Can Solar Panels Really Be Do-it-Yourself?

lowessolarx-wide-community
from USA Today

Following in the footsteps of Home Depot, Sam’s Club, and Costco, Lowes is bringing renewable energy to the masses. As of last Thursday, twenty-one California stores now offer ready-to-install 175 watt solar panels, provided by Akeena Solar of Silicon Valley.

The announcement, which drove Akeena stock up nearly 54 percent, adds to a growing trend to give consumers the ability to install their own PV (and even wind turbines), slicing off the cost of installation.

But whether solar power is really something that can be set-up by a weekend warrior wielding a hammer and a ladder is still up for debate. Sub-par installations by “experienced” solar contractors already weigh on the reputation of the industry. The possibility of thousands of flubbed home DIY systems could worsen that problem. 

Just Add Sun

Unlike other panels now sold retail, the Andalay AC panels have built in power inverters. Photovoltaics produce DC current, but homes run on AC, requiring an inverter, which can be a tricky piece of hardware for your typical do-it-yourselfer. The Andalay AC panels also have integrated racking, wiring and grounding — reducing the overall parts count by 80 percent, according to an Akeena press release.

From the release:

“The PC revolution in the computer industry occurred when new technology made PCs easy to use and affordable,” said Barry Cinnamon, CEO of Akeena Solar. “Likewise, with panels becoming plug-and-play appliances, the solar revolution has started. The availability of solar panels in Lowe’s stores makes it easy for homeowners to go solar and is a big step toward getting solar on every sunny rooftop.”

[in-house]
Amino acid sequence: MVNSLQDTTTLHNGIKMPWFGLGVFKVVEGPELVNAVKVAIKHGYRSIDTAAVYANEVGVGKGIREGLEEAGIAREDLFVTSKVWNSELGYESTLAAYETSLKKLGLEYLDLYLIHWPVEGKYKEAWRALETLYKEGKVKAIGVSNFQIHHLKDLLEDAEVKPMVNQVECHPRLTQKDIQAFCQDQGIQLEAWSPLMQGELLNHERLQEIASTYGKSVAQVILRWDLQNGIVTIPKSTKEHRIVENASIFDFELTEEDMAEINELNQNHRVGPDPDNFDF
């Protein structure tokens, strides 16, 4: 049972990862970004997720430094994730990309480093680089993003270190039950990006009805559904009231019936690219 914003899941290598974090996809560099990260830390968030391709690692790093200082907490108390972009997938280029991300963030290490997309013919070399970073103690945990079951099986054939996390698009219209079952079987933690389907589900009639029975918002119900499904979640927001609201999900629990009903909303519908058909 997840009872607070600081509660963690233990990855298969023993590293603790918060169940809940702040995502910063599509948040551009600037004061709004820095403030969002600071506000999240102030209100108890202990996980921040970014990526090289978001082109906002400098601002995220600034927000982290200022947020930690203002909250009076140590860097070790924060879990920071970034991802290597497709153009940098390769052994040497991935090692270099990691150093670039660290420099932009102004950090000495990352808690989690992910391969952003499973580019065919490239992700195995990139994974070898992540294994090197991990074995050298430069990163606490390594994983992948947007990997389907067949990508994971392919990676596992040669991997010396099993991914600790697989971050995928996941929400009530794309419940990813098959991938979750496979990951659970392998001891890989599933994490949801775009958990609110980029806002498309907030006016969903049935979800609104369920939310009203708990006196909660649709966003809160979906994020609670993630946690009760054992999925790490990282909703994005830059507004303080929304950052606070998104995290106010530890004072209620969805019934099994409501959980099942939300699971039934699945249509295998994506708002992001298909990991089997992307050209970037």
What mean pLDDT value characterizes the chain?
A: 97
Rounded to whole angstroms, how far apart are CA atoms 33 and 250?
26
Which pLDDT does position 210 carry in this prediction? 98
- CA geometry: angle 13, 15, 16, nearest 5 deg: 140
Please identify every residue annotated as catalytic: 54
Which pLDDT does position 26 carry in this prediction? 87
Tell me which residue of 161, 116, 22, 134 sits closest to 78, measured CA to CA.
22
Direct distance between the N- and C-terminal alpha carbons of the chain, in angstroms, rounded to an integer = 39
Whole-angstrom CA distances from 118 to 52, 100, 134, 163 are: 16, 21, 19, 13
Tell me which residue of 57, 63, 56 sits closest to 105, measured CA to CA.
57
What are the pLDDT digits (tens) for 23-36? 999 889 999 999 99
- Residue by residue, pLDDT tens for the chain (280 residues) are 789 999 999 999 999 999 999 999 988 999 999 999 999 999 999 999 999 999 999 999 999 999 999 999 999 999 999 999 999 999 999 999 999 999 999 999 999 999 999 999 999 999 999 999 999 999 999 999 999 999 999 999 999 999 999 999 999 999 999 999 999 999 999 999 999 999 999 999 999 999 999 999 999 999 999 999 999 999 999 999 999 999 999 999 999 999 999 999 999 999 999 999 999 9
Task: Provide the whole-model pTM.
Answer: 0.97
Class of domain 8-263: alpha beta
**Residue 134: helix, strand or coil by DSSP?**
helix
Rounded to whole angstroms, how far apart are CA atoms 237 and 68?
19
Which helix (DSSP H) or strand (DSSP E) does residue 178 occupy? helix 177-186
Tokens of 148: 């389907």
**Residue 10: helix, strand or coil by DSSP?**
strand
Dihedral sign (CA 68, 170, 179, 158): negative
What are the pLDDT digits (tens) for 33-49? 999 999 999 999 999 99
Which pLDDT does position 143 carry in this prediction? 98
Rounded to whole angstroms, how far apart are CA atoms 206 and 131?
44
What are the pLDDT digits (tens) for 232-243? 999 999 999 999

Still Not Cheap or Easy

A typical home requires about 5,000 watts of solar power to break-even on power usage, or about 29 Andalay AC panels. At $893 a pop, that’s $25,514 worth of PV. Of course, that’s before government rebates and other incentives, which can shave more than 50 percent off the cost. Akeena claims a household that pays 44 cents per kilowatt hour can save $132 a year per panel, according to the WSJ. For homes using less electricity, however, returns on this investment are much longer.

But mounting the panels is not the only hurdle to the ambitious eco-friendly DIYer: net electrical output from panels can vary greatly depending on the angle of the roof, shading, and other factors. Attaching the array to a household grid could require an electrician. Oh, and the panels are about 40 pounds each, which is a lot of extra weight on a roof.

It’s not rocket science, but it’s also not like adding a new coat of paint, either. Which may be why Akeena itself describes prospective installers as “electricians, HVAC contractors and experienced do-it-yourselfers.”

BC (Ben) Upham is a freelance writer based in Los Angeles. He has written for the New York Times, and was a writer and editor for News Communications, Inc., a local paper consortium serving Manhattan. When he's not blogging on green issues -- and especially renewable energy -- he's hiking in the Angeles Mountains or hanging out at El Matador.